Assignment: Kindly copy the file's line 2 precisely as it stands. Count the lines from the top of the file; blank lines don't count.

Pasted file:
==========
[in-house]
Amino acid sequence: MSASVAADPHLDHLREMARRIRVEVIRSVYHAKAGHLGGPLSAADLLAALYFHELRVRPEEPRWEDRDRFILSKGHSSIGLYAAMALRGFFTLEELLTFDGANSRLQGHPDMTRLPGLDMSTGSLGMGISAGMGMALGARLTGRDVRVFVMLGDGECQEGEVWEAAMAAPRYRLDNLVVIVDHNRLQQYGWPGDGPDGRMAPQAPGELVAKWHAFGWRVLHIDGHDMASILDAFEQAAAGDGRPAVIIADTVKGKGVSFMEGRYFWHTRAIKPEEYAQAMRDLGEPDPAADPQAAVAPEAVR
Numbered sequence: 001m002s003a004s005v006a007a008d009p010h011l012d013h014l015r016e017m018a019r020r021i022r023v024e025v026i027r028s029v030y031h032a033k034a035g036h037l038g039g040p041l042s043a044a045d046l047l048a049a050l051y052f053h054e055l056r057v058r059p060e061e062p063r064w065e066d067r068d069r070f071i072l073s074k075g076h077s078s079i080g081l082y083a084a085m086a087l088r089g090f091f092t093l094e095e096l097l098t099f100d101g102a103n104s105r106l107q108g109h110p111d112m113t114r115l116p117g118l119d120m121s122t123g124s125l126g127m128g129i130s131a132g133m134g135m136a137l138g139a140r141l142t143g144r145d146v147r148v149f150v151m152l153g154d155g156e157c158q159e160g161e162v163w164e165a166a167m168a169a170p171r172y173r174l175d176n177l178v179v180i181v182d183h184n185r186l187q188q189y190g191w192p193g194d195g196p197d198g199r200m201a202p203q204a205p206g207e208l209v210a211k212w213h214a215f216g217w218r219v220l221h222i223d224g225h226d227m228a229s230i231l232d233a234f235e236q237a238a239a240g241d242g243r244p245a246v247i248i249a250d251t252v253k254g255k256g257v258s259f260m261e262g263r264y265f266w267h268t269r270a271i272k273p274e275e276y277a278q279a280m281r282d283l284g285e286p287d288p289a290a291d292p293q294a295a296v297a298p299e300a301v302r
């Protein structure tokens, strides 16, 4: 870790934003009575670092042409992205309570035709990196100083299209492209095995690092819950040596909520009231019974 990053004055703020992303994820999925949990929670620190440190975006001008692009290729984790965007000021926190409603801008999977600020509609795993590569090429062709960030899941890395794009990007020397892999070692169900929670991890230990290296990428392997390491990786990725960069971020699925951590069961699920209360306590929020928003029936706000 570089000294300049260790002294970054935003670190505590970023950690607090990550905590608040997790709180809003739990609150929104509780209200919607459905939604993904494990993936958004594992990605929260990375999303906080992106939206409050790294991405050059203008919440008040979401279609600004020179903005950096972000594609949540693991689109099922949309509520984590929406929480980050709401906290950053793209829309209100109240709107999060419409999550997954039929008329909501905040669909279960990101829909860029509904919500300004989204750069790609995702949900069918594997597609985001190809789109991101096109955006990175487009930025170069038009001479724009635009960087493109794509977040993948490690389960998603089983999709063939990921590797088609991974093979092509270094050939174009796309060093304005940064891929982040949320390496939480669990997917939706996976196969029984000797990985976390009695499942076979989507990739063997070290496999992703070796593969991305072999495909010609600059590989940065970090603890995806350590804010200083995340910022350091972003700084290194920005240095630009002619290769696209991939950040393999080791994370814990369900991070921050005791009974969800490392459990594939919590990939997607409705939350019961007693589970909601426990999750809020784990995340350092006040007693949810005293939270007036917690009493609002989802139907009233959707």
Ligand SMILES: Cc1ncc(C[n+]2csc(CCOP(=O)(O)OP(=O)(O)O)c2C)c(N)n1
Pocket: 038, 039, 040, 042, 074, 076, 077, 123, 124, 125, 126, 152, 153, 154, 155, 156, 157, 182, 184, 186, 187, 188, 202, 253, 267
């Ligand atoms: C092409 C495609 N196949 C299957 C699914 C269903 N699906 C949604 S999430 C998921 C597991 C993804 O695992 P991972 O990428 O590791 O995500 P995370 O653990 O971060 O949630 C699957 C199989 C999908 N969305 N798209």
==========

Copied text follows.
Amino acid sequence: MSASVAADPHLDHLREMARRIRVEVIRSVYHAKAGHLGGPLSAADLLAALYFHELRVRPEEPRWEDRDRFILSKGHSSIGLYAAMALRGFFTLEELLTFDGANSRLQGHPDMTRLPGLDMSTGSLGMGISAGMGMALGARLTGRDVRVFVMLGDGECQEGEVWEAAMAAPRYRLDNLVVIVDHNRLQQYGWPGDGPDGRMAPQAPGELVAKWHAFGWRVLHIDGHDMASILDAFEQAAAGDGRPAVIIADTVKGKGVSFMEGRYFWHTRAIKPEEYAQAMRDLGEPDPAADPQAAVAPEAVR